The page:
GRADUCon 2020 - First Years as Faculty in Humanities and Social Sciences



We think and talk a lot about the work that goes into obtaining a tenure-track professorship. But what does the day-to-day work of a new faculty member actually look like?  From committee assignments to new course preps to finding time for research, the first year can be a balancing act.  This panel will feature four Ph.D. alumni currently navigating their first year on the tenure-track at a range of institutions.  The alumni will share their experiences and their advice for students and postdocs who plan to make similar transitions.  This session is intended for students, postdocs, and alumni in the humanities and social sciences.


Michael Dango, Assistant Professor, Beloit College (PhD, English, University of Chicago, 2017)

I am an Assistant Professor of English and Media Studies at Beloit College.  Previously I was a postdoctoral fellow at the University of Chicago, where I also completed my Ph.D. in English in 2017. I research and teach twentieth and twenty-first century American culture, aesthetics, queer and feminist theory, and the environmental humanities.  My writing has appeared or is forthcoming in academic journals including New Literary History, Modern Fiction Studies, Post45, Social Text, Novel, Critical Inquiry, and Modern Philology, as well as para-academic forums such as New Inquiry and The Los Angeles Review of Books. 

Kristin Hickman, Croft Assistant Professor of Anthropology and International Studies, University of Mississippi, Department of Sociology and Anthropology, Croft Institute for International Studies (MA, Anthropology, University of Chicago, 2013; PhD, Anthropology, University of Chicago, expected June 2020)

Kristin Gee Hickman is assistant professor of anthropology and international studies at the University of Mississippi. Her current research examines the relationship between language, politics, and identity in contemporary urban Morocco. She received her undergraduate degree in Anthropology and French & Francophone Studies from Barnard College, and is expected to complete her Ph.D. in Anthropology at the University of Chicago in 2020.

Joshua Mendelsohn, Assistant Professor, Loyola University Chicago (PhD, University of Chicago, 2019)

I did my undergraduate studies in Australia at the Universities of Sydney and Melbourne before coming to Chicago to do a PhD in Philosophy. After a short stint as a visiting postdoctoral fellow at the University of Leipzig, I returned to Chicago this academic year to start at Loyola University Chicago.

Majorie Schaeffer, Assistant Professor, Department of Psychological Sciences, Saint Mary’s College (MA, Developmental Psychology, University of Chicago, 2014; PhD, Developmental Psychology, University of Chicago, 2019)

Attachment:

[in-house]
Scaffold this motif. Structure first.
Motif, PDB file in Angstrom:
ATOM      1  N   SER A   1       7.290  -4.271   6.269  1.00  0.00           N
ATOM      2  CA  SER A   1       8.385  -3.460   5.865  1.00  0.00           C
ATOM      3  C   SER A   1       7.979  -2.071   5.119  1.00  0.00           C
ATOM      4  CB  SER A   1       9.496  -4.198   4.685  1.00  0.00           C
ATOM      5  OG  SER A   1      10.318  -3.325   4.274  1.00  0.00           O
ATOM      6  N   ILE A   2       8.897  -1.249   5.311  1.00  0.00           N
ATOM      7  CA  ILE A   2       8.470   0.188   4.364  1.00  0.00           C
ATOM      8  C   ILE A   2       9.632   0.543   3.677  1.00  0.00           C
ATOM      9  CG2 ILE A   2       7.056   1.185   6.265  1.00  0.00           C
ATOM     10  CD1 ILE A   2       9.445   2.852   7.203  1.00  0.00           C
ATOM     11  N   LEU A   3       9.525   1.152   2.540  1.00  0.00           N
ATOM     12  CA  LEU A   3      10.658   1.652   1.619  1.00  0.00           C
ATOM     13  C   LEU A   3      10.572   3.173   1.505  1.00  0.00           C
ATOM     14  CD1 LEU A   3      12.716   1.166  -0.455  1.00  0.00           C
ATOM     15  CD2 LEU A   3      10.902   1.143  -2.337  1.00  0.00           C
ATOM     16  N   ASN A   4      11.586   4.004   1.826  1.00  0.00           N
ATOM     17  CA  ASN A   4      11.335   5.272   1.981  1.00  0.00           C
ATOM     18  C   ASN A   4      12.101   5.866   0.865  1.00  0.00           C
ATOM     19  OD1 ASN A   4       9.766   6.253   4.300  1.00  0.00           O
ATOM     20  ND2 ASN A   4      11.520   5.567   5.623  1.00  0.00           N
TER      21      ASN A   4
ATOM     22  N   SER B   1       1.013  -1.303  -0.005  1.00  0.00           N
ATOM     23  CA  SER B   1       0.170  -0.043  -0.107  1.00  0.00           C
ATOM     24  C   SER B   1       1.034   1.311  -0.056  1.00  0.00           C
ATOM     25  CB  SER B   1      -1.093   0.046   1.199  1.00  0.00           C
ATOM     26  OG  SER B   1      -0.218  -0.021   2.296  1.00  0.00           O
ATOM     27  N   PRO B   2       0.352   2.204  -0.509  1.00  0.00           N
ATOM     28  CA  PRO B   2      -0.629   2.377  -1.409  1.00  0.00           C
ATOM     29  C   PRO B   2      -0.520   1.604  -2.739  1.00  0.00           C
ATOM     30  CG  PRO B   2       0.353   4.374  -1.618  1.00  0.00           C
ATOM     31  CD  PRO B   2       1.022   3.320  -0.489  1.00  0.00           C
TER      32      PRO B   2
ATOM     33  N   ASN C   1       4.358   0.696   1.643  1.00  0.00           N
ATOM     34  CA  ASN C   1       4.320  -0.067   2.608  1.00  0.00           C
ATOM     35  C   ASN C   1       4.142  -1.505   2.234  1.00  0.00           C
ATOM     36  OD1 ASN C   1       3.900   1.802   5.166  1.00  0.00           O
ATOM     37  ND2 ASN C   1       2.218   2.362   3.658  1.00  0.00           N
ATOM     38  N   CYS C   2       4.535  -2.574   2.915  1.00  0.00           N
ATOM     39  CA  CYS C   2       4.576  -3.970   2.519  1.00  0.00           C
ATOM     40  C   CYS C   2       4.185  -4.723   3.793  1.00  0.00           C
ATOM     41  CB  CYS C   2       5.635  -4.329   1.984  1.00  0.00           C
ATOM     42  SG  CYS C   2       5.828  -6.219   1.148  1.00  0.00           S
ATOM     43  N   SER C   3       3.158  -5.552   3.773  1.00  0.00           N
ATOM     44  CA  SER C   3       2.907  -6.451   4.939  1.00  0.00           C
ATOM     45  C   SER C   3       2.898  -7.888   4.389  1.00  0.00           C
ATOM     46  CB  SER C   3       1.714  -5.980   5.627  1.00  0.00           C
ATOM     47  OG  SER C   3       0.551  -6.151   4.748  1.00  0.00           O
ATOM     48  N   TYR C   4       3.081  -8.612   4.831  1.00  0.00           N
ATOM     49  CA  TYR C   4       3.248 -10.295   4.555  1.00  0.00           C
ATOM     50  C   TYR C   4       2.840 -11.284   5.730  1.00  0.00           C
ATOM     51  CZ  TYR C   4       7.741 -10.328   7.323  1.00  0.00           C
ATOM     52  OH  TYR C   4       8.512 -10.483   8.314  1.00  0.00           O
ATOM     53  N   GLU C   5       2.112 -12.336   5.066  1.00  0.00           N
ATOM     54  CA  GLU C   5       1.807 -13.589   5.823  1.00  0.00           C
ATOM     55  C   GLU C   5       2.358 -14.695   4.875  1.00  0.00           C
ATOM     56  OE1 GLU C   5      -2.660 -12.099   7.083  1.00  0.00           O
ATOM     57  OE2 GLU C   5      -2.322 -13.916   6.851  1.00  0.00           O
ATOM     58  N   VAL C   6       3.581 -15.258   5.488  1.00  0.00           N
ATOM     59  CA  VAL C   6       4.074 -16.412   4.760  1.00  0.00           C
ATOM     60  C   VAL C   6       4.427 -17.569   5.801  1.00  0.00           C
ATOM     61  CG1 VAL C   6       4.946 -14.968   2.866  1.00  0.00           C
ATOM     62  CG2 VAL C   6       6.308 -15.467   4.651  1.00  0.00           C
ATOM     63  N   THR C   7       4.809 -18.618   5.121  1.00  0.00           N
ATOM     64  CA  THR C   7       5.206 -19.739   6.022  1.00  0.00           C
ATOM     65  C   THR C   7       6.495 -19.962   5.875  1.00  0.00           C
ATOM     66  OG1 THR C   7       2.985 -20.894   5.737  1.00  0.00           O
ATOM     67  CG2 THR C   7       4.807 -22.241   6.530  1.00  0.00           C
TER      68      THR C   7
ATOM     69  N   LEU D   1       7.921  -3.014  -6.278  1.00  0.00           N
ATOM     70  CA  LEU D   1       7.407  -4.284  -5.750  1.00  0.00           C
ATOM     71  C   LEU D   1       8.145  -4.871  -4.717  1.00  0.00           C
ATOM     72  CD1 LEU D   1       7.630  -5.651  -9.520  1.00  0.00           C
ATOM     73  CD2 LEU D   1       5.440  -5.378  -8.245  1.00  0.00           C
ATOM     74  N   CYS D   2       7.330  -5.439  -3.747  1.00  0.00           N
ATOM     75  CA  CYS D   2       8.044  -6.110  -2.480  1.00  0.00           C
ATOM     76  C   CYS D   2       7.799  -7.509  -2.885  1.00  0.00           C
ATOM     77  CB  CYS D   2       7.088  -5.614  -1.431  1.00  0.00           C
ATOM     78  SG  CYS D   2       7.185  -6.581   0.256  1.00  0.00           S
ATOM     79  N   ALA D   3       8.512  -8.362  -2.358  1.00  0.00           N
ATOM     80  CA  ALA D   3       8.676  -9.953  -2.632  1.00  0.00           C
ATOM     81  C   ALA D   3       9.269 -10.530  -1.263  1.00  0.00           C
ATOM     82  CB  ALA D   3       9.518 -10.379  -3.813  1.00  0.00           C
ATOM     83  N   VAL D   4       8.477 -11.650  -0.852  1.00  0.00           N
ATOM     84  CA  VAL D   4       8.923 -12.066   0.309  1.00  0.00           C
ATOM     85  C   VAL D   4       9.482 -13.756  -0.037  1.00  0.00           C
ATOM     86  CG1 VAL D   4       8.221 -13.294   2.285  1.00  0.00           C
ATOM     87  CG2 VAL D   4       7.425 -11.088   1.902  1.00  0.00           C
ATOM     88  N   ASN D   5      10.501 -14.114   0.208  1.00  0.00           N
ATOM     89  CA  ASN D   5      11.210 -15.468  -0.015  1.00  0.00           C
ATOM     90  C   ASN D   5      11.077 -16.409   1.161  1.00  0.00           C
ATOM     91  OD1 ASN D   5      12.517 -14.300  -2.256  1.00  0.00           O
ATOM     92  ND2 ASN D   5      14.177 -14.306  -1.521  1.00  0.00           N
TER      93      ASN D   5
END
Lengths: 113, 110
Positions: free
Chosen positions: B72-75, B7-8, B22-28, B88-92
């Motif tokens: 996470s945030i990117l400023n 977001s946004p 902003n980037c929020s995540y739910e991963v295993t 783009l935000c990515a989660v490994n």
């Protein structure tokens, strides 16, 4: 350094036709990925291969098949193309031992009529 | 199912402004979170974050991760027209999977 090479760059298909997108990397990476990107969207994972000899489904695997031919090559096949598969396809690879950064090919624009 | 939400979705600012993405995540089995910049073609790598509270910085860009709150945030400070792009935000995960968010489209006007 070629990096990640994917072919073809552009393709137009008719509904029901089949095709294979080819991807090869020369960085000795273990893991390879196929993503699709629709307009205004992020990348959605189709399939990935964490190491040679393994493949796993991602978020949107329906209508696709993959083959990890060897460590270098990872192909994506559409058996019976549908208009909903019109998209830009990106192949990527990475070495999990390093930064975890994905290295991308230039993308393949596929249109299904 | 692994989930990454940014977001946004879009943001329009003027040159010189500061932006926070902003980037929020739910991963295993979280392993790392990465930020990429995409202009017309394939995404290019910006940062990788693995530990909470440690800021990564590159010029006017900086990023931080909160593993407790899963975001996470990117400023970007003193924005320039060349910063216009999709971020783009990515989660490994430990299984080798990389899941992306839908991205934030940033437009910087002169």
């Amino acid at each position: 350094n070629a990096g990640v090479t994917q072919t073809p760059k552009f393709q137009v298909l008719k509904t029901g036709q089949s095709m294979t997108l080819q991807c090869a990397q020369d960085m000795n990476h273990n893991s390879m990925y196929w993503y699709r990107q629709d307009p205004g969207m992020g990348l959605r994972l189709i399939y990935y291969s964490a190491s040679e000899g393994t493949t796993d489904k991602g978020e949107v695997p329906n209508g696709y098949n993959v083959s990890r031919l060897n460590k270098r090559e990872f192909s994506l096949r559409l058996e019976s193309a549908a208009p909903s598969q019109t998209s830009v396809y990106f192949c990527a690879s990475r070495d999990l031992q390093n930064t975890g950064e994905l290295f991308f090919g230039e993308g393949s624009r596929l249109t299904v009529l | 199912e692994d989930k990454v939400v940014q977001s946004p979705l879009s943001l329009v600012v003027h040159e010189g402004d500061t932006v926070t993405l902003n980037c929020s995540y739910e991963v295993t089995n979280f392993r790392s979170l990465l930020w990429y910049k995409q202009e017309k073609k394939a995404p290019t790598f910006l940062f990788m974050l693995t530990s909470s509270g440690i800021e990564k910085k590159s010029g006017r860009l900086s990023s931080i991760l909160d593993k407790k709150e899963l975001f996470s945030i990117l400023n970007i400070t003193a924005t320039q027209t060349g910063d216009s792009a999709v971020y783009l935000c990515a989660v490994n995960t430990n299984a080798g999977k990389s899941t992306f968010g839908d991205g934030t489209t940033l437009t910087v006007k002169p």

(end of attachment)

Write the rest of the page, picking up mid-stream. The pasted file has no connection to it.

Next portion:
Marjorie Schaeffer is an Assistant Professor of Psychology at Saint Mary’s College in Notre Dame, Indiana. She received her Ph.D. from the University of Chicago working with Dr. Sian Beilock. Her research looks at the parent children interactions around math. Previously, she taught elementary school as part of Teach for America in St. Louis. 


Erin Galgay Walsh, Assistant Professor of New Testament and Early Christianity, University of Chicago Divinity School (PhD, Religious Studies, Duke University 2019)

Erin Galgay Walsh’s research focuses on the reception of biblical literature and asceticism within the late antique Mediterranean world. Her current book project examines how Syriac and Greek poets retold and expanded biblical stories featuring unnamed New Testament women. She studies how male poets inhabited the voices of marginalized female biblical figures in order to make interpretative and theological claims. More broadly, her research and teaching interests include the history of Biblical interpretation, Syriac language and literature, embodied practices, religious poetry, and women and gender within the ancient world. She works across the languages of early Christianity: Syriac, Latin, Greek, and Armenian, and she has an enduring interest in translation and multilingualism in the late antique and early Byzantine east. During the 2018-2019 academic year, she was a Junior Fellow in Byzantine Studies at Dumbarton Oaks Research Library and Collection of Harvard University. In May 2019, she defended her dissertation successfully at Duke University. Professor Walsh is also the Executive Editor for Christianity at Ancient Jew Review, a non-profit web journal devoted to the interdisciplinary study of ancient Judaism.


Please register for the event. Zoom details will be shared with registrants a day prior to the event.